From 2010, but hey, it's still important:
"In the latest exploration into the universe of organisms inhabiting our bodies, microbiologists have discovered new viral genes in faeces. They find that the composition of virus populations inhabiting the tail ends of healthy intestines (as represented in our stools) is unique to each individual and stable over time. Even identical twins — who share many of the same intestinal bacteria — differed in their gut's viral make-up."
And I like this comment:
"In oceans, the modality of viruses has tended to be predatory," comments Edward DeLong at the Massachusetts Institute of Technology in Cambridge. "Now the interesting thing here is that the system in the faecal microbiota seems to be driven by prophages, which tend to basically integrate their genetic material into the host genome and hide there — it's a much more stable situation."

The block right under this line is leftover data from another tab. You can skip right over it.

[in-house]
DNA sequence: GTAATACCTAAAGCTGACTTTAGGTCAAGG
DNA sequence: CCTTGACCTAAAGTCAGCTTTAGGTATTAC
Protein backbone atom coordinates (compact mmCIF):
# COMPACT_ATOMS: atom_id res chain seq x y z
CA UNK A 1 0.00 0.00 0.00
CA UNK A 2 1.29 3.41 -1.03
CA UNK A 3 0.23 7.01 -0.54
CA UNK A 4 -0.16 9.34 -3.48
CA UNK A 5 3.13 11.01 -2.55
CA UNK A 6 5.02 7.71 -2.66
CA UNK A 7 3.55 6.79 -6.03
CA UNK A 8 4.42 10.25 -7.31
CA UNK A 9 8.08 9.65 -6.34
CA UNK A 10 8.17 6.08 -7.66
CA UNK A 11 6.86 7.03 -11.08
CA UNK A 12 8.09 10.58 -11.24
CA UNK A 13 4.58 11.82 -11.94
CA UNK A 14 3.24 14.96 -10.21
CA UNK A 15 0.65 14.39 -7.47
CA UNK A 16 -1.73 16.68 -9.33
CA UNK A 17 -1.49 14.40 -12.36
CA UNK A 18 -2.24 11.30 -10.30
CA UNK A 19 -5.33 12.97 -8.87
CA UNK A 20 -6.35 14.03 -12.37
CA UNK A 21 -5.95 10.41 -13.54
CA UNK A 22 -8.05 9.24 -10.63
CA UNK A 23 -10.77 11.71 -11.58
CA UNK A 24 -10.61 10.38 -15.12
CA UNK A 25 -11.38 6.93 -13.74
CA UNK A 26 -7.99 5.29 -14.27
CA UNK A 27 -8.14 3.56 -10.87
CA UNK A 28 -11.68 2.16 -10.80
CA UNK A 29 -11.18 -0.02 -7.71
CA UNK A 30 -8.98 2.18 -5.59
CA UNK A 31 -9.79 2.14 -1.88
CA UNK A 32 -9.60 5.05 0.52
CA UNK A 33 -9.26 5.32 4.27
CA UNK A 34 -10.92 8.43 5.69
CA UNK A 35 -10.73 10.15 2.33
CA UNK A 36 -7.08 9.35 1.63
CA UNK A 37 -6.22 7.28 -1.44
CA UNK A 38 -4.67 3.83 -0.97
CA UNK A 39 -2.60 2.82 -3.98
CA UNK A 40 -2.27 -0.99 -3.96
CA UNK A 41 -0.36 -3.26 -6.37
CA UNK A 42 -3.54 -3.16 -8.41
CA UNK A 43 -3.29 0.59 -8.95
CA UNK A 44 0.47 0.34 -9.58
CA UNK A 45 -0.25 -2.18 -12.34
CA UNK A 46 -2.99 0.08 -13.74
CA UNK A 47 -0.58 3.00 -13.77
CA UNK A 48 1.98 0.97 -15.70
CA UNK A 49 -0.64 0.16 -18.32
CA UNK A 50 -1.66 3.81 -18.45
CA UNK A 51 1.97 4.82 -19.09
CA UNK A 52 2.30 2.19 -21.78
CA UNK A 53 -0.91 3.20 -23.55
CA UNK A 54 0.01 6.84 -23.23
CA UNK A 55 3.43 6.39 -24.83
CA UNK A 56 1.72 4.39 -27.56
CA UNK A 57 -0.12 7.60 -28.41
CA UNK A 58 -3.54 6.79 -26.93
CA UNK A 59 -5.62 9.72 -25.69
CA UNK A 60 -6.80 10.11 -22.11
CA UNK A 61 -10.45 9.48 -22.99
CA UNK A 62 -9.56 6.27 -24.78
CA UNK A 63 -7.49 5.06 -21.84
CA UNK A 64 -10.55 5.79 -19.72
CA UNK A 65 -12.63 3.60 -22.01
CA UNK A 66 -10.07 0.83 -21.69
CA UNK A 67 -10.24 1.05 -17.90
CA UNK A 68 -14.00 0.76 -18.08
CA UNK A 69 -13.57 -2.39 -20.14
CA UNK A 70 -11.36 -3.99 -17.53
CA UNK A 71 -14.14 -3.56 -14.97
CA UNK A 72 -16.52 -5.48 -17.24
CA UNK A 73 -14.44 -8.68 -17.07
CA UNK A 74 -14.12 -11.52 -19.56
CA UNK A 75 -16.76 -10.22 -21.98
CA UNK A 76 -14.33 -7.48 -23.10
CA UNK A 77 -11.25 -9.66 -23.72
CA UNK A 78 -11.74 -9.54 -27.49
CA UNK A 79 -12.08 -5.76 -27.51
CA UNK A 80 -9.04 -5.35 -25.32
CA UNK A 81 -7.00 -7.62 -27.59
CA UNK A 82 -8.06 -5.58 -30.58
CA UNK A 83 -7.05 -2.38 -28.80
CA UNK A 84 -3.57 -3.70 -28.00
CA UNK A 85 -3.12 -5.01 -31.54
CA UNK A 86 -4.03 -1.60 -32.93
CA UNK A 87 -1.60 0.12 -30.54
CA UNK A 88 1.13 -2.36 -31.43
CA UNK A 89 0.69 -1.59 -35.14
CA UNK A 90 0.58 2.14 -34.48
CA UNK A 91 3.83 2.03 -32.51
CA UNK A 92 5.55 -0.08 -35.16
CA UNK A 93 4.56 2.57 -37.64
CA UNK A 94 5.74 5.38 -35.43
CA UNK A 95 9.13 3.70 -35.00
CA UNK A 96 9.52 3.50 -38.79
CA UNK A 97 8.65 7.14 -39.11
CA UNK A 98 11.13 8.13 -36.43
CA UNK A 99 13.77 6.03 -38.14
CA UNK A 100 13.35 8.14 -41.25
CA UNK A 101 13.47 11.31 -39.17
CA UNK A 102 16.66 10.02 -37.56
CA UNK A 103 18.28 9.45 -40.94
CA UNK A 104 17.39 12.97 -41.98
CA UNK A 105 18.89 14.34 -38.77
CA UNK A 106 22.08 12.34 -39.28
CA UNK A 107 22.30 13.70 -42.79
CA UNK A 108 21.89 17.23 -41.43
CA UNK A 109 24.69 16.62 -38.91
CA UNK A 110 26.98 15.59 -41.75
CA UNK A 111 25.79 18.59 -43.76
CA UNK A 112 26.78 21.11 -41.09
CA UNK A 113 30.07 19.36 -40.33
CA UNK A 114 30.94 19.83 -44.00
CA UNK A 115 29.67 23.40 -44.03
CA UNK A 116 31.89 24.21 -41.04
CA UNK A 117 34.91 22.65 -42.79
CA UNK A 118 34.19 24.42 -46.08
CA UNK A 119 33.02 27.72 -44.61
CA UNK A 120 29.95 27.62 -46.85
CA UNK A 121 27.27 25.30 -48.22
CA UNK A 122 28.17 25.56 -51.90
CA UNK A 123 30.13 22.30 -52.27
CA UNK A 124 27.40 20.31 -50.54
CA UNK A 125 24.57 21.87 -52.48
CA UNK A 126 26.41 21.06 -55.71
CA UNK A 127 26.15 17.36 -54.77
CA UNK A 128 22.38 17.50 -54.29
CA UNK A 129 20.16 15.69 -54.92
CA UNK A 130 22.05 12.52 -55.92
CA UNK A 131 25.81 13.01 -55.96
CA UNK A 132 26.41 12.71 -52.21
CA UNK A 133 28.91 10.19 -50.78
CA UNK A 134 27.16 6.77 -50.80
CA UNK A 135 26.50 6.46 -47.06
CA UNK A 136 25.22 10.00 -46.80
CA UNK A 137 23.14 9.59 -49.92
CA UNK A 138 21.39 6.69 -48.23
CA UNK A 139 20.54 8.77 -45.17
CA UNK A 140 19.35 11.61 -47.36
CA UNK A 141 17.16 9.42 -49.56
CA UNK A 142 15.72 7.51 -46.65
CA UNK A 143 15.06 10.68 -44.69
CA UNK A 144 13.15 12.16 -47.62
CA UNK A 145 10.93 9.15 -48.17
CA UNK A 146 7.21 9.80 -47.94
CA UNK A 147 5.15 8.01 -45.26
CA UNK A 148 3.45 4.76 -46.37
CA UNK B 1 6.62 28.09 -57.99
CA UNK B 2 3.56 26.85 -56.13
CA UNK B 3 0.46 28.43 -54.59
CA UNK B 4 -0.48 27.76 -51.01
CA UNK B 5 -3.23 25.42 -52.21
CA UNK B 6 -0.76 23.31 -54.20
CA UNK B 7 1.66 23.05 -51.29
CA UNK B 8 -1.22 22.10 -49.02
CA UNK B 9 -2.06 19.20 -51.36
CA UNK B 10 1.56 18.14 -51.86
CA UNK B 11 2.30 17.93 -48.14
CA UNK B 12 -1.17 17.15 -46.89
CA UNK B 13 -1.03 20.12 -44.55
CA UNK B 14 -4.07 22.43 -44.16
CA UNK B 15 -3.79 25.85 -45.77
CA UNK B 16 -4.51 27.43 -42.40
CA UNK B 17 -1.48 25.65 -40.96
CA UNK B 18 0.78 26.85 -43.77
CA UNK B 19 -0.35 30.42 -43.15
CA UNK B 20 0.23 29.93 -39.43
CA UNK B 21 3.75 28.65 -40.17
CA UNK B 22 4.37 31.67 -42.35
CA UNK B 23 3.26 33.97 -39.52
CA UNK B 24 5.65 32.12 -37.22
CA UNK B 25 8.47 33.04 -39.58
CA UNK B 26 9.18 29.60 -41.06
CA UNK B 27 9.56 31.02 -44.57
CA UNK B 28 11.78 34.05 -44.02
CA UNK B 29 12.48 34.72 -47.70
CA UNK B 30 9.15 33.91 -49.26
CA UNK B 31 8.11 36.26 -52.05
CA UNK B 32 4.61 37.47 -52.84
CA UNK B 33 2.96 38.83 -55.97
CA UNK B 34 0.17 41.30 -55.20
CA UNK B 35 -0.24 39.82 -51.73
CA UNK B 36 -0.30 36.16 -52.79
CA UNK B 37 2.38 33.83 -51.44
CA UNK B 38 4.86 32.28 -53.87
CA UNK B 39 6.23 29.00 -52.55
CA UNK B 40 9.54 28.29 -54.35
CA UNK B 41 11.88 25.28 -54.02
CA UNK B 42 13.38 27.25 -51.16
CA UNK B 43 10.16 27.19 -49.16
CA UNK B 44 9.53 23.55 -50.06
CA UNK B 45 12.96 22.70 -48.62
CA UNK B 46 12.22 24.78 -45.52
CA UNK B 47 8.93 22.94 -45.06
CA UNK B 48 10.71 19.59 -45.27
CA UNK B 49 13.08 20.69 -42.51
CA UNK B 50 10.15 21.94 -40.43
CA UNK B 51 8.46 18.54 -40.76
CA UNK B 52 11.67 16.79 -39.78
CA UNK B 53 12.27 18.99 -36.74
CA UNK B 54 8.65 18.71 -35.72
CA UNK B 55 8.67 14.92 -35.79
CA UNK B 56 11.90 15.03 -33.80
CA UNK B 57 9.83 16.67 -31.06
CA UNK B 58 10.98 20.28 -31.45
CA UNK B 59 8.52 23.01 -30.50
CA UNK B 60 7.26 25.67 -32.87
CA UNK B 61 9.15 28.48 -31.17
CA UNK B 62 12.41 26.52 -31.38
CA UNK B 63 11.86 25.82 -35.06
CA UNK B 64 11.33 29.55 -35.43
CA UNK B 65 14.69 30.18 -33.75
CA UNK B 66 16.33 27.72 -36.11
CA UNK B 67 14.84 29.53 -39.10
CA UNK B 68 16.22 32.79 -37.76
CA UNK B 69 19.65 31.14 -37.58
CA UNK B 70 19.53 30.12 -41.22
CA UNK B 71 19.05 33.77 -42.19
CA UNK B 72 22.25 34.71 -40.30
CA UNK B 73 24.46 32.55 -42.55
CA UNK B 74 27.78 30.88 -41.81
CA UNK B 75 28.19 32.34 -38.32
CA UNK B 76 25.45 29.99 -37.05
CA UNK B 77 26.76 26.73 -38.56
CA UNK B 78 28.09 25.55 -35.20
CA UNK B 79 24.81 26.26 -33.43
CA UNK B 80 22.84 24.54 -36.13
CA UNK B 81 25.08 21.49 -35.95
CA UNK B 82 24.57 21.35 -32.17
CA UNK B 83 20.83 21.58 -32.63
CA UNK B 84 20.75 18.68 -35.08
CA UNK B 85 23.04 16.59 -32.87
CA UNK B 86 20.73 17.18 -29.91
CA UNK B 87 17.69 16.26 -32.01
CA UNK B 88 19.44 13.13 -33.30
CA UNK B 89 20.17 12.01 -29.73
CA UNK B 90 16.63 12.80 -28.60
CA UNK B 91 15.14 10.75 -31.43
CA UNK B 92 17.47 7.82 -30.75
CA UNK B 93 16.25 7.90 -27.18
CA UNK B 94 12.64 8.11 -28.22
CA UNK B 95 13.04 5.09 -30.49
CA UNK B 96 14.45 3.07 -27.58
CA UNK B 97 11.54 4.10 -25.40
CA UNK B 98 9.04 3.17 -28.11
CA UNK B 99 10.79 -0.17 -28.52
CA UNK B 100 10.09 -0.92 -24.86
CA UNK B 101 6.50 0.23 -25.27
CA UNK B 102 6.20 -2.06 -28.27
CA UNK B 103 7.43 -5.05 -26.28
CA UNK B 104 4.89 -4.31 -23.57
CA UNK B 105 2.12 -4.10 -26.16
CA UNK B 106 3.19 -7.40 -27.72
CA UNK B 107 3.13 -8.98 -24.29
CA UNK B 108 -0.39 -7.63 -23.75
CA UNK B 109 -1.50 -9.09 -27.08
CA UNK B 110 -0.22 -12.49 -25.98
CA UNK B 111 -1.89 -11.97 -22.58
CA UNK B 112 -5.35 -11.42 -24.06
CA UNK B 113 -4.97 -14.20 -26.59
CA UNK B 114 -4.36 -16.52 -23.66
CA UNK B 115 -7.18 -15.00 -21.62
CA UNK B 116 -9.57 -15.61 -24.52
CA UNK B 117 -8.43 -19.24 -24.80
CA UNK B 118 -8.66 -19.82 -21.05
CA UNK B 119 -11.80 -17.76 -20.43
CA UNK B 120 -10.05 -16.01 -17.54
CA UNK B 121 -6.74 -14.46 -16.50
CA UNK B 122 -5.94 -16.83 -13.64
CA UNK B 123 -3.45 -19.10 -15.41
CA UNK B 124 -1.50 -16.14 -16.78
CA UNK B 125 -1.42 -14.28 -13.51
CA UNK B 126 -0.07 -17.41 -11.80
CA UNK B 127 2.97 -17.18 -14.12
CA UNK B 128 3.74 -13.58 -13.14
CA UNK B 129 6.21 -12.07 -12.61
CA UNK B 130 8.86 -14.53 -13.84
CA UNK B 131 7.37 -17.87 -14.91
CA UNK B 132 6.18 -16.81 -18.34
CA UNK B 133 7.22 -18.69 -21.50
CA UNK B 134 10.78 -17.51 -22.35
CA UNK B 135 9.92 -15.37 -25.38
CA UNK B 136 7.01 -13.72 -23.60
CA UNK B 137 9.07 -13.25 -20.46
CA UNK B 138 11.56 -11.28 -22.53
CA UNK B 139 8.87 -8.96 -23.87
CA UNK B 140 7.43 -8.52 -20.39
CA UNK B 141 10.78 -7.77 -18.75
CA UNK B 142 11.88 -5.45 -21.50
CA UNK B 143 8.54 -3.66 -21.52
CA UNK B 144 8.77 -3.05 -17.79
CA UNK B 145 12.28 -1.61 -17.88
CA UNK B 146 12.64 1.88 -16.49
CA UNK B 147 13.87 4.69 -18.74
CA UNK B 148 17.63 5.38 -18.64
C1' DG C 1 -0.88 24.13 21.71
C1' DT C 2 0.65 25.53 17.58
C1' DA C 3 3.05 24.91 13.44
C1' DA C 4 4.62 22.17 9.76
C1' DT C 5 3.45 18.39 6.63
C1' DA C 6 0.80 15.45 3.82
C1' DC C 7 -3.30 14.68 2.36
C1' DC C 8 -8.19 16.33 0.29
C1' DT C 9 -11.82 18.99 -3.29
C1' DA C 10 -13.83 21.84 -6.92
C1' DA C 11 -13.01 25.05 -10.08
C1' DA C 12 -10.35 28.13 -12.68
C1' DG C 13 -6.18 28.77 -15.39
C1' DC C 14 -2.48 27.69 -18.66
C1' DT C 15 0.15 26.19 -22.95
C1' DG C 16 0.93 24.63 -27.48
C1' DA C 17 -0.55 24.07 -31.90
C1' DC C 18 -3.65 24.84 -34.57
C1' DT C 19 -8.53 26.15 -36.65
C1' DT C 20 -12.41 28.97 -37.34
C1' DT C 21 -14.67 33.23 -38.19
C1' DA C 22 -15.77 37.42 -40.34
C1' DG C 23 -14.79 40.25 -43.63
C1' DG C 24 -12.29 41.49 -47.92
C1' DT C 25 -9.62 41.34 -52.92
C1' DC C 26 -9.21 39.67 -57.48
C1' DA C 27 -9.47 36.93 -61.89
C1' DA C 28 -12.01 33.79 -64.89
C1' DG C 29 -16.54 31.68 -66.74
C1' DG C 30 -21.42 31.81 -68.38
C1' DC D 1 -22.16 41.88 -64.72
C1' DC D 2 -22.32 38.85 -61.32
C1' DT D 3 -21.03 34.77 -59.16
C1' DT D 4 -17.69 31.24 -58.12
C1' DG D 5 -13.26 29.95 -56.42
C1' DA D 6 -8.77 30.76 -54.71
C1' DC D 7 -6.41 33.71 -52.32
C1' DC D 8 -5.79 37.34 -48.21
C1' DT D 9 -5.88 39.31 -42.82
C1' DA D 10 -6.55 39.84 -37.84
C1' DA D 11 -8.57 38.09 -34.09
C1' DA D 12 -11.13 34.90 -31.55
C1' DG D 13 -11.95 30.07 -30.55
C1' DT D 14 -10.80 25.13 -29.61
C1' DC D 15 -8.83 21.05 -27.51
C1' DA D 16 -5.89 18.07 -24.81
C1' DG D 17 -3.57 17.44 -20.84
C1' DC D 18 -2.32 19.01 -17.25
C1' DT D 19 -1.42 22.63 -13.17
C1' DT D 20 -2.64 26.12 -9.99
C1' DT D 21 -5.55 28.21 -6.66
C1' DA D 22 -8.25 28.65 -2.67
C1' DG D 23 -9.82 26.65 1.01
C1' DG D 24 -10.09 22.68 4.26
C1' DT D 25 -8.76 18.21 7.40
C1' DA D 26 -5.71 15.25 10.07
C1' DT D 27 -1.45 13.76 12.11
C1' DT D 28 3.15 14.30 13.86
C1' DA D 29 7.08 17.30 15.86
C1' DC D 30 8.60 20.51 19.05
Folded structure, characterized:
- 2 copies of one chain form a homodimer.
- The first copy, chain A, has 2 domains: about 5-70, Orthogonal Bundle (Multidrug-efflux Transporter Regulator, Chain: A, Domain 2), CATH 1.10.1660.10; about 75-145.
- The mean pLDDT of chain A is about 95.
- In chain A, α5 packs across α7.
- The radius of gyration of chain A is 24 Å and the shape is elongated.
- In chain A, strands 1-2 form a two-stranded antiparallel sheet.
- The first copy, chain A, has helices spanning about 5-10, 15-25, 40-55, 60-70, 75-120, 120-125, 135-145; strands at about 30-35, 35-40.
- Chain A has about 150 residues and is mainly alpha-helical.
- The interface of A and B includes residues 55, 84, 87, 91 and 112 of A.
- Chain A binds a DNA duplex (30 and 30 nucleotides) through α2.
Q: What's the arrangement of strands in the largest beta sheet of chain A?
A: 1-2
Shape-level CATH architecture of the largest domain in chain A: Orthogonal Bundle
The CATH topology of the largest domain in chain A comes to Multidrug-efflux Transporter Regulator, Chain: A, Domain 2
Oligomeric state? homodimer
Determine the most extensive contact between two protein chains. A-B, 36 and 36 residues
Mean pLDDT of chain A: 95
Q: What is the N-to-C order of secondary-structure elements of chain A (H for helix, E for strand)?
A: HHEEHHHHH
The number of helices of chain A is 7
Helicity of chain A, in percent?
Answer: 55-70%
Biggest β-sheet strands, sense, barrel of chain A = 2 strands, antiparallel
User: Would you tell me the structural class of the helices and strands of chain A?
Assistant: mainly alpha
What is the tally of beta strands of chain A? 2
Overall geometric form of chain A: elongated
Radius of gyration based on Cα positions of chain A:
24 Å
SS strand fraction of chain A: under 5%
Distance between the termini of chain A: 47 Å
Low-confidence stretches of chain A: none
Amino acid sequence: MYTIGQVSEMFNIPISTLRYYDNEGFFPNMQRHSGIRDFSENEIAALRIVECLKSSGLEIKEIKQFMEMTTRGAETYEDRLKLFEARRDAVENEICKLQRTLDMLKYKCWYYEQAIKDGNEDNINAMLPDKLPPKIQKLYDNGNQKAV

Thanks to Paul Kennedy in my lab, who reminded me of this.